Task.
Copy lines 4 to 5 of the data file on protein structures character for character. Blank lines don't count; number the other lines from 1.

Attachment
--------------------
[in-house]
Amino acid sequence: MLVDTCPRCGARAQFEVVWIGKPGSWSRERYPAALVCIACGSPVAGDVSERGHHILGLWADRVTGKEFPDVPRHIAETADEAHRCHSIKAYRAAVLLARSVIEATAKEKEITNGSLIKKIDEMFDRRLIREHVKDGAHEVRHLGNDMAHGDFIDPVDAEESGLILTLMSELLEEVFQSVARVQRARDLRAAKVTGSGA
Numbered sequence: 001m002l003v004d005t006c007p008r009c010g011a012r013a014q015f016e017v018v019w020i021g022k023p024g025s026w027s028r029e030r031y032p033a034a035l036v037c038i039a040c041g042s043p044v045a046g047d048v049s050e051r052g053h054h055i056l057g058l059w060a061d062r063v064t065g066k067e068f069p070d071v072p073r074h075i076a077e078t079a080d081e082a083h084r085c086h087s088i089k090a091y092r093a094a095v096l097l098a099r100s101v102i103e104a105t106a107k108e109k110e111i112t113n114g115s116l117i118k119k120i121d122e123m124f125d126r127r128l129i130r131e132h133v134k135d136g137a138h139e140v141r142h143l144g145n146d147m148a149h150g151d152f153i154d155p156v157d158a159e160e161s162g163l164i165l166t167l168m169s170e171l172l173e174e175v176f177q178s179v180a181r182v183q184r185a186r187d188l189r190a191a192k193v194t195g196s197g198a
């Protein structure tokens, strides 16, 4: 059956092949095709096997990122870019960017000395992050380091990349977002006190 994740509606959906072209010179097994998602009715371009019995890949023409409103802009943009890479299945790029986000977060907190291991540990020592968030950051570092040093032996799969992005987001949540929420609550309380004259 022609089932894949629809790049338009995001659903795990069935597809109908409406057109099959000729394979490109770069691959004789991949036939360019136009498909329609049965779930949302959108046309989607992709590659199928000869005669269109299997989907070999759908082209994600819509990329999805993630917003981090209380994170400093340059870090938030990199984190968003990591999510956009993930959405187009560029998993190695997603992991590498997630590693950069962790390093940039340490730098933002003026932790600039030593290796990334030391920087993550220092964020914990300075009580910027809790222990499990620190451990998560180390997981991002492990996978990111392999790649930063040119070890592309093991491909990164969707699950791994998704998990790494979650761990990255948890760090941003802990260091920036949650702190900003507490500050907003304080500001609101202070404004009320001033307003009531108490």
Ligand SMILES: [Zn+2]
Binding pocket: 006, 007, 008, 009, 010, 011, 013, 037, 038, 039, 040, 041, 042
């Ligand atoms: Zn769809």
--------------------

């Protein structure tokens, strides 16, 4: 059956092949095709096997990122870019960017000395992050380091990349977002006190 994740509606959906072209010179097994998602009715371009019995890949023409409103802009943009890479299945790029986000977060907190291991540990020592968030950051570092040093032996799969992005987001949540929420609550309380004259 022609089932894949629809790049338009995001659903795990069935597809109908409406057109099959000729394979490109770069691959004789991949036939360019136009498909329609049965779930949302959108046309989607992709590659199928000869005669269109299997989907070999759908082209994600819509990329999805993630917003981090209380994170400093340059870090938030990199984190968003990591999510956009993930959405187009560029998993190695997603992991590498997630590693950069962790390093940039340490730098933002003026932790600039030593290796990334030391920087993550220092964020914990300075009580910027809790222990499990620190451990998560180390997981991002492990996978990111392999790649930063040119070890592309093991491909990164969707699950791994998704998990790494979650761990990255948890760090941003802990260091920036949650702190900003507490500050907003304080500001609101202070404004009320001033307003009531108490």
Ligand SMILES: [Zn+2]